It has started in the Upper Midwest: the annual harvest of corn and soybeans that busies combines, fills grain bins, and helps my neighbor’s farms stay afloat for yet another year. Oh, yes…and can result in some of the best deer hunting of the season, as well as some real frustration.
Here in southern Minnesota, the combines are just now taking to the fields. Farmers who’ve grown soybeans will take them first, followed immediately by weeks in the cornfields. In southern Indiana, the corn harvest is well under way, according to farmer and outfitter Ben Reynolds.
Reynolds, who annually guides bow, shotgun, and muzzleloader hunters to some fine bucks, says he’s been hard at work in the combine and too busy for woods time. That should change in a hurry, once the crops are in.
Savvy guides like Reynolds understand the power of a combined field. Two falls ago, I shot one of my best bucks as he hit a freshly cut cornfield five evenings in a row. That 80-acre ag ground filled up with deer night after night, starting with the first day of the harvest. I’ve always been amazed at how quickly deer find such a hot food source, but the first night I hunted the spot I had a revelation. Stepping out of the truck, I was struck by the heady odor of fresh-cut cornstalks and just-harvested grain. To be honest, the smell reminded me of a distillery…and that’s when a light bulb went off in my dim brain. If I could smell that aroma, what about the deer? With even a decent breeze, I’d imagine a bedded whitetail could get a whiff of corn from hundreds of yards away. Four evenings later, I shot a buck that was on a bed-to-feed pattern, riding a seeming train track to the same field, night after night.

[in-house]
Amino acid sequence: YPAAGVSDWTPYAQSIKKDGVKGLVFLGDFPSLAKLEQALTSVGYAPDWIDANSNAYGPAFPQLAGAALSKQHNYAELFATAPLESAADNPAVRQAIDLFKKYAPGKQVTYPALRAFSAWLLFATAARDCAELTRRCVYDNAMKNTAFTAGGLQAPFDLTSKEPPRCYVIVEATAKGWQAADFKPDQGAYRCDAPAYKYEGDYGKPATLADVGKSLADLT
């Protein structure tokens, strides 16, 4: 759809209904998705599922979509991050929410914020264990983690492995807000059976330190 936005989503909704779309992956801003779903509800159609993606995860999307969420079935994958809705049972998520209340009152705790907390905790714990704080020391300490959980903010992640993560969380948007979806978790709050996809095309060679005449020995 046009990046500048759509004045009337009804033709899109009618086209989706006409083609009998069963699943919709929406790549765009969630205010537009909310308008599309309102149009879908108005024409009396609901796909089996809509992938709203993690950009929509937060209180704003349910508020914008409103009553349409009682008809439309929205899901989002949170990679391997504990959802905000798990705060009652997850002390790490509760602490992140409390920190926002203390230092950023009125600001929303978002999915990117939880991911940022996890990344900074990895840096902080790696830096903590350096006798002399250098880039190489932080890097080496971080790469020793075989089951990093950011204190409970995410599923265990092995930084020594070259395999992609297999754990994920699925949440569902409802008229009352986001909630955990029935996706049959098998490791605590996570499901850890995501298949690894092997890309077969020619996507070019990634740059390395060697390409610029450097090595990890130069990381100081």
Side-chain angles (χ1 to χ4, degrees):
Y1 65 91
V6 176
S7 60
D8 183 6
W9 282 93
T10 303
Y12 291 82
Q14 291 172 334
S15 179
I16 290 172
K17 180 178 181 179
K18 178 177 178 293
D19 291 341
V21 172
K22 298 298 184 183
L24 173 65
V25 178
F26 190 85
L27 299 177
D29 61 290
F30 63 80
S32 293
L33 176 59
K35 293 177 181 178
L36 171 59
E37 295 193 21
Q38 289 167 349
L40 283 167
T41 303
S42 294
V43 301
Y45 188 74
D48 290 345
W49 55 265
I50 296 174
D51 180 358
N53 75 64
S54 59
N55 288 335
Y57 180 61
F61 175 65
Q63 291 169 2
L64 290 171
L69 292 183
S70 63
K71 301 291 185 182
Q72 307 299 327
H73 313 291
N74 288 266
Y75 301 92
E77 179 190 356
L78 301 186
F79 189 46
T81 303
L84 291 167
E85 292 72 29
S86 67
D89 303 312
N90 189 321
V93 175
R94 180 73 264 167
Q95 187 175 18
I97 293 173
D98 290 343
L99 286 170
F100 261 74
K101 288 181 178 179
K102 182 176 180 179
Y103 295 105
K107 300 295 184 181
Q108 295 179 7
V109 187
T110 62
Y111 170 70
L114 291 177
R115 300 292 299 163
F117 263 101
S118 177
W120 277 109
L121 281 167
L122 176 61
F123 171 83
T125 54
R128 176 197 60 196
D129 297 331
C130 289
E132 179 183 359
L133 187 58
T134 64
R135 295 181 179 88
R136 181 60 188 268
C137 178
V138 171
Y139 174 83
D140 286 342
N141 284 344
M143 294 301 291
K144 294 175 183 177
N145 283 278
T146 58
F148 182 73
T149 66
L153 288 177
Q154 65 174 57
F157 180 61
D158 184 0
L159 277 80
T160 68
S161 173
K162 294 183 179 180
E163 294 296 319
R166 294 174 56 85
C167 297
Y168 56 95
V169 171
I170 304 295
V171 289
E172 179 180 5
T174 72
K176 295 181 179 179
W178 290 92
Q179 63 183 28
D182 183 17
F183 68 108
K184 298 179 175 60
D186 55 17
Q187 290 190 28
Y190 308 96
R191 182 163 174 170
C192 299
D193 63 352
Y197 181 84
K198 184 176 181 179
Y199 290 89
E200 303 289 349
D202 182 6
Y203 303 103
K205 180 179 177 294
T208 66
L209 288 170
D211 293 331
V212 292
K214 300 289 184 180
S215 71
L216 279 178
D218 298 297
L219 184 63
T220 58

We talk a lot in this space about the importance of staying current with ever-changing fall food sources. Obviously, ag crops are a big part of that picture in this region. And, unlike acorns, or persimmons, or even a bumper apple crop, timing the attraction of when a corn or soybean field is most attractive to whitetails is pretty simple. Watch for that combine rolling toward that field you can hunt, and the rest is just a matter of good stand placement, the right wind, and just a dab of luck.
Photo: INL Bioenergy Program